The LSU defense is terrible.

The LSU defense is getting its act together.

LSU can’t win a national championship with this defense.

The LSU defense is inconsistent but good enough thanks to the offense.

These are the thoughts that come to mind to anyone who has watched the Tigers this season. In fact these thoughts have come to mind within individual games, in fact most of them.

Good. Terrible. Inconsistent. Good enough. Not good enough.

These are recurring, appropriate descriptions of the defense of the No. 1 team in the country.

Is the LSU defense good enough to win the college football championship? Good question.

It has been good enough for the Tigers to go 11-0, win the SEC West and ascend above every other team in the country.

It has been bad enough for observers to wonder if the Tigers would be undefeated, if they would have won the SEC West, if they would be ranked No. 1 had Joe Burrow not been nearly perfect.

Had Burrow had one fewer touchdown drive in him, LSU might have lost to Texas, or Auburn, or Alabama. Or two of the three. Or all three.

Is Burrow’s remarkable season merely postponing the moment when the Tigers defense will be exposed as an Achilles’ heel? Good question.

Or is an inconsistent defense merely making a dominant team slightly less dominant than it otherwise would be on its way to a national championship? Another good question.

No one is sure of the answers to these questions.

Head coach Ed Orgeron isn’t sure. Defensive coordinator Dave Aranda isn’t sure. The Tigers players aren’t sure. The Tigers followers aren’t sure.

How could they be?

LSU held Georgia Southern to fewer than 100 yards in a season-opening win.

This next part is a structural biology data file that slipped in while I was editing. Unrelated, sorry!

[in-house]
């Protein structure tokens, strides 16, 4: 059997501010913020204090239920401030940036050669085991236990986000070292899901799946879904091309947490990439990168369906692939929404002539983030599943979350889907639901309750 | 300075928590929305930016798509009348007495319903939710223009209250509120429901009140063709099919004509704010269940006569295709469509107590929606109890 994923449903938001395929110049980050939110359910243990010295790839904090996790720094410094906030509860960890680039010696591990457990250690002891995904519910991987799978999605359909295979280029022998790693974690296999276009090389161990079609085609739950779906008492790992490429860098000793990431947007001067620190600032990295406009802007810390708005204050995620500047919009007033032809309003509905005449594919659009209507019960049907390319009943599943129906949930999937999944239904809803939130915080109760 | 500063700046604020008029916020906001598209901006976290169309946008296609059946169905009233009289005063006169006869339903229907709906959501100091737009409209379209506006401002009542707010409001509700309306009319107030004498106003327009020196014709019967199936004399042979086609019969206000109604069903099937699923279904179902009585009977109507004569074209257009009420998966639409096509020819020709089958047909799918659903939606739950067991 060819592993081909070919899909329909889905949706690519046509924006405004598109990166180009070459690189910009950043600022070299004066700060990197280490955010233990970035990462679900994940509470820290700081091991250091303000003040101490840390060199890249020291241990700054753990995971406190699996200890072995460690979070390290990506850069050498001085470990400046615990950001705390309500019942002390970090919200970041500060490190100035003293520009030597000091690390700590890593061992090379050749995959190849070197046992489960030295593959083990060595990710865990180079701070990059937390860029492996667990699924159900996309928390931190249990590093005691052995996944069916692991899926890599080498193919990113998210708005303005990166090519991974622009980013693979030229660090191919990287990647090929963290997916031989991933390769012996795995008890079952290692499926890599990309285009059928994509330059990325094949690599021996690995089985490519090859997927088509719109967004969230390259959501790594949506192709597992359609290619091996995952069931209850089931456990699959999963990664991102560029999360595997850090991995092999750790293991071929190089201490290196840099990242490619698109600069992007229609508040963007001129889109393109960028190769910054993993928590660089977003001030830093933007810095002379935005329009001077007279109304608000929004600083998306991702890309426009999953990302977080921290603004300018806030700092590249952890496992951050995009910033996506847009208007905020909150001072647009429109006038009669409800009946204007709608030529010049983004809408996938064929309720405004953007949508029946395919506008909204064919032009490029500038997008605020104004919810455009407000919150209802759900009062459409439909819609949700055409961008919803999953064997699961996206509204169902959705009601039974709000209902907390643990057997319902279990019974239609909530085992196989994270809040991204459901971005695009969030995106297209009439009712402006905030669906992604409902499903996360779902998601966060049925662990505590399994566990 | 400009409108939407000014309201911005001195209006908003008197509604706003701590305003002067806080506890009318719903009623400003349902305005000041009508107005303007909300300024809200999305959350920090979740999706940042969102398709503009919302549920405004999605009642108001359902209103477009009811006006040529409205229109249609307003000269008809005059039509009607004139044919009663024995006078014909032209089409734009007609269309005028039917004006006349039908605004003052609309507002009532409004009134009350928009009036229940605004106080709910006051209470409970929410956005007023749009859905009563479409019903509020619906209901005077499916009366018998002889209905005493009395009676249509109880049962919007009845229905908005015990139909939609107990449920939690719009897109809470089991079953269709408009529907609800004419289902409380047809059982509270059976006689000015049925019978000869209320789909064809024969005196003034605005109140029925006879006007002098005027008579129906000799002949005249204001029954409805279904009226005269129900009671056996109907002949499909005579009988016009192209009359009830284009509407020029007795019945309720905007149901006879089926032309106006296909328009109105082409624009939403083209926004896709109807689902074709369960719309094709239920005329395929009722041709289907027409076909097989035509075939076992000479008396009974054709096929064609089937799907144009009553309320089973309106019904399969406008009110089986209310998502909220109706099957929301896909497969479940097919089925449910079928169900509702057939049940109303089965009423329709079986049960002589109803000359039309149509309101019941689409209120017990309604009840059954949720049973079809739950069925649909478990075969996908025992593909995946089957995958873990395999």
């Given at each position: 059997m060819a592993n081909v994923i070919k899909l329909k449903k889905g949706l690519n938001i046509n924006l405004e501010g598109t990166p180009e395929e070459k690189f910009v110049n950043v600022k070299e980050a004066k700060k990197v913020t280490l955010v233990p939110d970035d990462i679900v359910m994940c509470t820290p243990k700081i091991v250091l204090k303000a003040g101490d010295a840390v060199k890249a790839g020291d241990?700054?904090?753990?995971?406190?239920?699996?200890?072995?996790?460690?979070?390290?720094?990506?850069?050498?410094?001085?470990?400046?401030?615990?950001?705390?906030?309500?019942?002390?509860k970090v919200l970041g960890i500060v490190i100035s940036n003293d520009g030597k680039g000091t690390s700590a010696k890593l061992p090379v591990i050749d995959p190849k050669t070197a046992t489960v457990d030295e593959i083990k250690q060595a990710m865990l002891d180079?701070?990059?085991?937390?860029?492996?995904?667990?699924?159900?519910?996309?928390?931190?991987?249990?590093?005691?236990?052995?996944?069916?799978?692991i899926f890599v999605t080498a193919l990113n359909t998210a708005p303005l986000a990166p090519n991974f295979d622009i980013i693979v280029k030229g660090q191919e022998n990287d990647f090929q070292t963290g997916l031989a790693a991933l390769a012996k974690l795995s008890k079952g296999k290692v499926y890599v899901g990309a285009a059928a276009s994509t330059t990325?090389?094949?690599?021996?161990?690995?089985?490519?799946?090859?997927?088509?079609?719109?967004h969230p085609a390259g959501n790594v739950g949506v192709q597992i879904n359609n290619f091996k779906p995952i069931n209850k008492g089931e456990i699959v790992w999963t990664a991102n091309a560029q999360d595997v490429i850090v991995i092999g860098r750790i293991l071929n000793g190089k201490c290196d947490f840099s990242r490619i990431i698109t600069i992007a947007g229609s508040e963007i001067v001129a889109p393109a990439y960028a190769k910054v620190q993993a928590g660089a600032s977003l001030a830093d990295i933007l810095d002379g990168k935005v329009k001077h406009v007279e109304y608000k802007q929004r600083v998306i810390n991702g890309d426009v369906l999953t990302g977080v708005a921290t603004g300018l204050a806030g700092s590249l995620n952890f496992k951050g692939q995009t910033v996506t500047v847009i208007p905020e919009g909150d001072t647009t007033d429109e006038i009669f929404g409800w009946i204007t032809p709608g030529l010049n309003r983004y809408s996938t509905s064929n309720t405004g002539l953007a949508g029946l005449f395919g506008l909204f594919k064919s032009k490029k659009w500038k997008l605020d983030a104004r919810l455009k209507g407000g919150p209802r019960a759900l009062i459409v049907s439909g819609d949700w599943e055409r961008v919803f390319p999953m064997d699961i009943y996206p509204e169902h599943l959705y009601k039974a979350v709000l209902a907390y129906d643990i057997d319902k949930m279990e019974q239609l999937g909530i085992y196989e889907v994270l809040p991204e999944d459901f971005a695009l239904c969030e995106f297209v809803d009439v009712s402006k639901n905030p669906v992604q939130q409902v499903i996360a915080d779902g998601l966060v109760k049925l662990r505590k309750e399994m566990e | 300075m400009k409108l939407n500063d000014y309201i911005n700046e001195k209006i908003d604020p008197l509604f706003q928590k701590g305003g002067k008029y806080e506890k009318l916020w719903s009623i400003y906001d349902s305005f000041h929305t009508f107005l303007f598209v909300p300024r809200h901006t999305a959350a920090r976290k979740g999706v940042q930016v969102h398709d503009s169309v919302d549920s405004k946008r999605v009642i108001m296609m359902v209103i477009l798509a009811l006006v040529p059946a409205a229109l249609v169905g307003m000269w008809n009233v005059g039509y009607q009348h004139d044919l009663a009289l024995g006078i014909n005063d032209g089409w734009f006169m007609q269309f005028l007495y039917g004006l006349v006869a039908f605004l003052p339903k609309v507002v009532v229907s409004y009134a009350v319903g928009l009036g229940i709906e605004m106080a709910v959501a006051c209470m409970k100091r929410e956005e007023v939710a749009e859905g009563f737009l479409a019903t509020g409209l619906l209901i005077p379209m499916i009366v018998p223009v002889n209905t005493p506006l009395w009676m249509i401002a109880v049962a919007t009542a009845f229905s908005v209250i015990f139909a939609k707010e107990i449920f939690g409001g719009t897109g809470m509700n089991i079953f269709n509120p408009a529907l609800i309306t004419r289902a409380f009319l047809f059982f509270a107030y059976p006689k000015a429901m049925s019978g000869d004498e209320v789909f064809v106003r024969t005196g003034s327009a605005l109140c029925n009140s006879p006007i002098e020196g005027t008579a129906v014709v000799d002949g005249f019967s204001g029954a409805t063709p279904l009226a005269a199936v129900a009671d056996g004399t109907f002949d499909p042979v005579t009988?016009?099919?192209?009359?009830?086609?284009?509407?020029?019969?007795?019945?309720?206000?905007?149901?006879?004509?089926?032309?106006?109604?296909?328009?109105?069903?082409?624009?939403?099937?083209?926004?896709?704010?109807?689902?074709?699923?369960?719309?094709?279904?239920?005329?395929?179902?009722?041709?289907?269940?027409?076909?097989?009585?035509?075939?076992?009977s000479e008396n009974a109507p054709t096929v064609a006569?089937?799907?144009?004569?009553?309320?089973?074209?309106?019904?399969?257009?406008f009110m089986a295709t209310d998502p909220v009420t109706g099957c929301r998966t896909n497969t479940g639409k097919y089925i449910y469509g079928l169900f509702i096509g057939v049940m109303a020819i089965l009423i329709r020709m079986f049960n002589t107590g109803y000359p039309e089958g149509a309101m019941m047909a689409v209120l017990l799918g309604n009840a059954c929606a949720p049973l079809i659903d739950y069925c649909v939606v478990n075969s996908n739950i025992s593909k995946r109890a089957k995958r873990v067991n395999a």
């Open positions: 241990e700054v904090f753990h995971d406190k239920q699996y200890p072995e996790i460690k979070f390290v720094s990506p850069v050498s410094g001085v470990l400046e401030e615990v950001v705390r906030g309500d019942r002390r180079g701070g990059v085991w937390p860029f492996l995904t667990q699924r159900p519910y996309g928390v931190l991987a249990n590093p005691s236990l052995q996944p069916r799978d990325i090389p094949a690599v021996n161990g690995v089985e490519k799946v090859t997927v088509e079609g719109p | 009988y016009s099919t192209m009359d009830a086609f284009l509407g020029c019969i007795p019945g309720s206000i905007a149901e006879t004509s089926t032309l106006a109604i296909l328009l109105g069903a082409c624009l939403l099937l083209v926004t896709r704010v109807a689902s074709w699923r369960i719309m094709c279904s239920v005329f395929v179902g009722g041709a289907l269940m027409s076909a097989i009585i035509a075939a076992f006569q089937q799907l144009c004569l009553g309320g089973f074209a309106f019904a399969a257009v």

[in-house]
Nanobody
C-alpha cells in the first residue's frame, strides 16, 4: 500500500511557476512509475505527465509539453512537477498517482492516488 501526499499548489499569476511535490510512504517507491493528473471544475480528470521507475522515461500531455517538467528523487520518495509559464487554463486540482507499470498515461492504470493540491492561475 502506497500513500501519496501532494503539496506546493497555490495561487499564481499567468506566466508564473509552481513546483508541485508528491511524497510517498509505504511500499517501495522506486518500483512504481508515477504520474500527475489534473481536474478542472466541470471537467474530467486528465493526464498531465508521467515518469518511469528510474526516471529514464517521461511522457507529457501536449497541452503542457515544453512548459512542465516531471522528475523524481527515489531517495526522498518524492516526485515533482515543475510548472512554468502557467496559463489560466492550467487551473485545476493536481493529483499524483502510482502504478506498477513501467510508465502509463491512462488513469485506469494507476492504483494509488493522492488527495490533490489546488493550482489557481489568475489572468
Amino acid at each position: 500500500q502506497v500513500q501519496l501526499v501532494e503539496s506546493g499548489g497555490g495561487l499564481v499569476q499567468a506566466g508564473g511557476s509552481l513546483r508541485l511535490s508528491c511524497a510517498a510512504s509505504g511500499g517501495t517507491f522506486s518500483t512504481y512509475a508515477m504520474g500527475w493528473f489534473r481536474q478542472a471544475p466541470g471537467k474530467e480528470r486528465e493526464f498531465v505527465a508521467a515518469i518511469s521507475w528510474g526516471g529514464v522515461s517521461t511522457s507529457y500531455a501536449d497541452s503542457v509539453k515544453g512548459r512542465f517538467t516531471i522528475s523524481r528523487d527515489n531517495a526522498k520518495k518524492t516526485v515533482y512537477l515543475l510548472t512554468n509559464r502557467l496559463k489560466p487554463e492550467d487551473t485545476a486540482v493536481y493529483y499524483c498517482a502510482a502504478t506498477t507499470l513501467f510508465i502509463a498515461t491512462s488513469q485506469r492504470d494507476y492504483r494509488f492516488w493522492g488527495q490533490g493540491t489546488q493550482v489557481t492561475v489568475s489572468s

It made a couple of first-half goal-line stands against Texas, then seemed defenseless in the second half.

It was adequate against Northwestern State, then gave up way too many points against Vanderbilt, then was outstanding against Utah State.

It was poor in the first half, then exceptional in the second half against Florida, solid throughout against Auburn.

It was really good in the first half and really bad in the second half against Alabama.

It was good in the first half and truly awful in the second half against Ole Miss.

It was shaky early, then dominant, then really shaky against Arkansas on Saturday.

It’s easy to assume the two Razorbacks touchdowns after LSU built a 56-6 lead was a result of the Tigers pulling their starters. But several starters were still on the field for those scores.

Orgeron already had pulled key offensive players such as Burrow and running back Clyde Edwards-Helaire while key defensive players stayed in the game and saw Arkansas reach the end zone twice.

Certainly Orgeron and Aranda were hoping their first-team defense could continue to build confidence against a whipped opponent.

Did the defense play better against Arkansas than it did a week earlier against Ole Miss? Sure it did.

The Rebels ran for more than 400 yards, gained more than 600, scored 37 points. Arkansas barely reached 300 yards in a 56-20 loss.

Is the LSU defense headed in the right direction? Who knows?

Mostly when it has begun a game by playing well, it has played not so well later in the game. And vice versa.

After a mostly good game it has generally had a mostly bad game. And vice versa.

The LSU defense plays well, it plays badly. It plays badly, it plays well.

How will it play against Texas A&M next Saturday?

Probably good and bad, bad and good.

There have been injuries on the Tigers defense. The Tigers have played one of the most difficult schedules in the country.

Statistics don’t tell the whole story.

The LSU defense isn’t terrible. Nor is it great.

Is it good enough to win an SEC championship and perhaps a national championship?

Stay tuned.